Having never travelled in pre-revolution Egypt I can only conjecture the difference the revolution has brought to the country. As a tourist I only graze the surface of knowing what real life is like here. So the following impressions are only small pictures of a large and complicated story.
In the beginning doing the typical tourist thing in post revolutionary Egypt has its perks, less tourists to battle with always feels like a good thing. My visit to the pyramids was spectacular, and relatively devoid of other travelers. This was great for me as I got to go inside a pyramid without bumping elbows with a single tourist.
My early morning trip to the museum was also relatively quiet, allowing for a very happy mornings exploration amongst the dimly lit mass of pharaohic treasures. Again amongst the tiny magical market stalls at Khan al Kahlili I was pleased to be amongst locals rather than tourists. There are tourists around, but at the moment they don’t overrun the place, much to the disappointment of local camel drivers, souvenir sellers and drink vendors. In a place which was economically depressed before the revolution I can only imagine the impact the downturn in tourism is having on those who rely on tourism for their income.
Travelling downtown cars roll along the streets as thickly and chaotically as ever, but here and there you can see scars from the revolution, smoke blackened buildings and gaps in street signs where protesters have ripped down Hosni Mubarak’s name. Though the cache inside the museum remained untouched throughout the Revolution, the blackened building next door tells of how close the chaos came to the treasure trove.
Months after the revolution I spent the night out on the town with a charming group of ex-pat ladies on the first Thursday night after the lifting of the curfew. Thursday being the Friday in the Egyptian working week and it being the first time many had seen each other since they were evacuated, meant there was much to be celebrated and much to be remembered. Everyone had a Revolution story: tanks outside the supermarket, gunmen on the streets, looters tied to trees, long waits at the airport, families separated, anxiety and uncertainty abounded.
One young American woman was evacuated and had to leave her Egyptian fiancé protesting in Tahrir Square while she prepared for their wedding in the US. She told us that the upheaval of the Revolution was a perfect remedy for pre-wedding nerves. Her story ends with a wedding and a return to Cairo, but not all the young men who went to Tahire square had such happy endings. A young artist Ahmed Basiouny, who lost his life at Tahrir Square is having his life and work celebrated at the Venice Biennale this year.
We went out in Zamalek for the post curfew girls night out. It is a well to do suburb on an island in the Nile with leafy embassies and great shops. Its close proximity to downtown made Zamalek a scary place during the Revolution.The women who lived there through the Revolution were afraid to leave the house for fear of roving gunmen. Reclaiming it post Revolution and post curfew was an important marker of a city carrying on.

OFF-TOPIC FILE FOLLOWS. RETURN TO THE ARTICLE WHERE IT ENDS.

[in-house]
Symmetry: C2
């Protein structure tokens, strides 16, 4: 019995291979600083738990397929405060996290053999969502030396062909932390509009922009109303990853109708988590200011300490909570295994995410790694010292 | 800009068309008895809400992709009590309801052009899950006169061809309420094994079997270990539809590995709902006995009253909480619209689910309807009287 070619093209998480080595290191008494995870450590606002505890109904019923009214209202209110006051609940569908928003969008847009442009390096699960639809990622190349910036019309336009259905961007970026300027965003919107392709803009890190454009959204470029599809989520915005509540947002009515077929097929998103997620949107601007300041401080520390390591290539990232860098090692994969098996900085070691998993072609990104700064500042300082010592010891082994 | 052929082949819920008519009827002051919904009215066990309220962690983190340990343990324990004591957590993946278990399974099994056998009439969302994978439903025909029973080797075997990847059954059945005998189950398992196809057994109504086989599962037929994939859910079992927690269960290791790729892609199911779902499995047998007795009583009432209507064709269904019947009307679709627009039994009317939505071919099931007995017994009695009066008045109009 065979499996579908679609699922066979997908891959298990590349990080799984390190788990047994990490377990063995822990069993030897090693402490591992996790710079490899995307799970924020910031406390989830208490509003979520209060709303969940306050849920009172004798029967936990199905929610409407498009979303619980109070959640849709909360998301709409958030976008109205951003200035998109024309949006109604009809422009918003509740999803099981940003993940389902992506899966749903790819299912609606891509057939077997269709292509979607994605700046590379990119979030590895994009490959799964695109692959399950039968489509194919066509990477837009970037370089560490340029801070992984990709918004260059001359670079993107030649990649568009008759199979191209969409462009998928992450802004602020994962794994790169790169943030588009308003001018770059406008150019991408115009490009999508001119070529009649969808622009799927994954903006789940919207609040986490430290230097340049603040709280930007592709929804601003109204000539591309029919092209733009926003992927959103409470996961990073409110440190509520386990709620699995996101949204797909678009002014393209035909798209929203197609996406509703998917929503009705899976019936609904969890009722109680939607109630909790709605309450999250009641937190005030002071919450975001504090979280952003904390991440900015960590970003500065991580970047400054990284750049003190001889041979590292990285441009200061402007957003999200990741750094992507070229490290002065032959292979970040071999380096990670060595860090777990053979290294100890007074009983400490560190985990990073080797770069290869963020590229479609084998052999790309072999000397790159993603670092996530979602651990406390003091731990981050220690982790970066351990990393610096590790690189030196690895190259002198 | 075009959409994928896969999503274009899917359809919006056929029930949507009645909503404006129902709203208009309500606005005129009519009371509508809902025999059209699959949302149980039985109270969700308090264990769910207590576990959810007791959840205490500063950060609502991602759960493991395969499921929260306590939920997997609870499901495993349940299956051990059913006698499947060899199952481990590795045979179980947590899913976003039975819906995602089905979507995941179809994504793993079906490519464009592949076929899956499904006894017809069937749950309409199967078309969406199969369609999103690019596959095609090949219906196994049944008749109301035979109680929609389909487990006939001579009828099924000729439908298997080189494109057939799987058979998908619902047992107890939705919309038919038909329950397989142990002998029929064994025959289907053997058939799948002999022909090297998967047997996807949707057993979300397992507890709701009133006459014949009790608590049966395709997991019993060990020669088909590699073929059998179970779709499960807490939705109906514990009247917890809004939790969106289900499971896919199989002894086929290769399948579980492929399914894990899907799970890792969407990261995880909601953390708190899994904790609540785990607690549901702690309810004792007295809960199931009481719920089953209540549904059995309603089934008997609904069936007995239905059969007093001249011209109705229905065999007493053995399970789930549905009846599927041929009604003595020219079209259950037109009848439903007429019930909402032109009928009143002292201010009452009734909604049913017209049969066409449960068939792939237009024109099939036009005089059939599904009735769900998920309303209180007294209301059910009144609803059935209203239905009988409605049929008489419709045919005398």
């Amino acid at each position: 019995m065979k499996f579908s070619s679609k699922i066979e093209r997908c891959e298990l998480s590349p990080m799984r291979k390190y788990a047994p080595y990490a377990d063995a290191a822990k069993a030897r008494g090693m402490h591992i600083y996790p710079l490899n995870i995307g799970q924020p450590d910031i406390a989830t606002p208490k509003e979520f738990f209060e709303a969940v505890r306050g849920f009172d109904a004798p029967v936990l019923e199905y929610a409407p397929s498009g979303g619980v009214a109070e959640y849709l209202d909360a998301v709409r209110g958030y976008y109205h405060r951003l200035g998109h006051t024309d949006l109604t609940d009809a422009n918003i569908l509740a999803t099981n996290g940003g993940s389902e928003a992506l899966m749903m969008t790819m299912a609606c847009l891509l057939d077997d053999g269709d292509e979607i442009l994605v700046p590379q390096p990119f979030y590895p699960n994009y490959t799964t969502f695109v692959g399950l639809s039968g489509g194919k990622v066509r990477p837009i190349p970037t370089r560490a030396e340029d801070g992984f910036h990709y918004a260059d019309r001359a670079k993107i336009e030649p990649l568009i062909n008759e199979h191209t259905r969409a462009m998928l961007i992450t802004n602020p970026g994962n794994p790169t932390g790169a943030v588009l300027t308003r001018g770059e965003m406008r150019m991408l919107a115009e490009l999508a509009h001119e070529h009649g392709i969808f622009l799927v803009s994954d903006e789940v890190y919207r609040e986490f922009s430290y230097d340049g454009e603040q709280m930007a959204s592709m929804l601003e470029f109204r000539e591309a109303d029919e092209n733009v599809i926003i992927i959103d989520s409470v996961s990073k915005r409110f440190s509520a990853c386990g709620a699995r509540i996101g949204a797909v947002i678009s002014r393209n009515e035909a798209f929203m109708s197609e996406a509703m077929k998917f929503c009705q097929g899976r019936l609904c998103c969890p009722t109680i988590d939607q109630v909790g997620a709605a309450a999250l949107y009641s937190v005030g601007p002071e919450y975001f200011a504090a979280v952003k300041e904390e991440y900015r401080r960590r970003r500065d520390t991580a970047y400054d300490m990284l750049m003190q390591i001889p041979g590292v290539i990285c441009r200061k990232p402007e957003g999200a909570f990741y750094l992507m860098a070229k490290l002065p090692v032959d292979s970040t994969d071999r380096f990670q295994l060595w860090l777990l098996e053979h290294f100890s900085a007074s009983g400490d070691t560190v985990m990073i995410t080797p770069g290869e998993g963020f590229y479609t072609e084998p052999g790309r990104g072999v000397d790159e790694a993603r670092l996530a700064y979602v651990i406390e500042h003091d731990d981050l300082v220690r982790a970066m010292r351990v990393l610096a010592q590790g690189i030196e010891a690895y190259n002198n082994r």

As I continue on my journey, out of the city and to the Sinai Peninsula I begin feel the burden of being a post revolutionary tourist. Dhahab is a coastal down with amazing mountains, abundant coral reefs and right now there are very few tourists.
Abandoned resorts with camels roaming through them are quaint for a little while- and then they just get depressing. The towns restaurants, tour operators and taxi drivers far out way travellers and half the time when I walk down the street it makes me want to cry.
The hopeless extent of my own poverty is revealed to me when a young Russian woman living in town, whom I suspect was attempting to run a scam on me found out which low end backpackers I was staying at – and walked away. There are so many people dependant on tourist spending and my paltry dollars can never go far enough.
It would be easy to spiral downwards in this headspace- luckily there are so many beautiful sights to see, many lovely locals who want to put a smile on your face, and a handful of great fellow travellers to share the experience with. With the help of a snorkelling trip, locally caught fish and chips, a midnight climb up Mt Sinai and lunch with the Bedouin I manage to pull myself out of my fug and enjoy my last week in Egypt.
Of course locals need much more than tourists – they need stability in the future. While I am snorkelling Mabarak is in a hospital bed down the road in the ritzy resort town of Sharm El Sheikh, across the water on the other side of the Gulf of Aqaba you can see Saudi Arabia; idyllic as it is you cannot quite forget the dangerous limbo the country is in.
In Egypt people are waiting for the true heat of summer to descend, they are waiting for September and the new set of unknowns that the election will bring. They are waiting but they are also getting on with life.
In Dhahab renovations are taking place, shopfronts are being painted, signs are fixed and walls are being scrubbed. After work you go for a swim and at night at my backpackers all the local men gather to watch their football team win and their mothers try to get them to come home at a reasonable time. (In other words life goes on) Locals talk of the need for everyone to be patient, that things will not change overnight, they are friendly and open about their hopes for the future.
Sunrise on Mt Sinai
I think the picture I will take away from Egypt is of a friendly, splendid complex place, that I would encourage anyone to visit.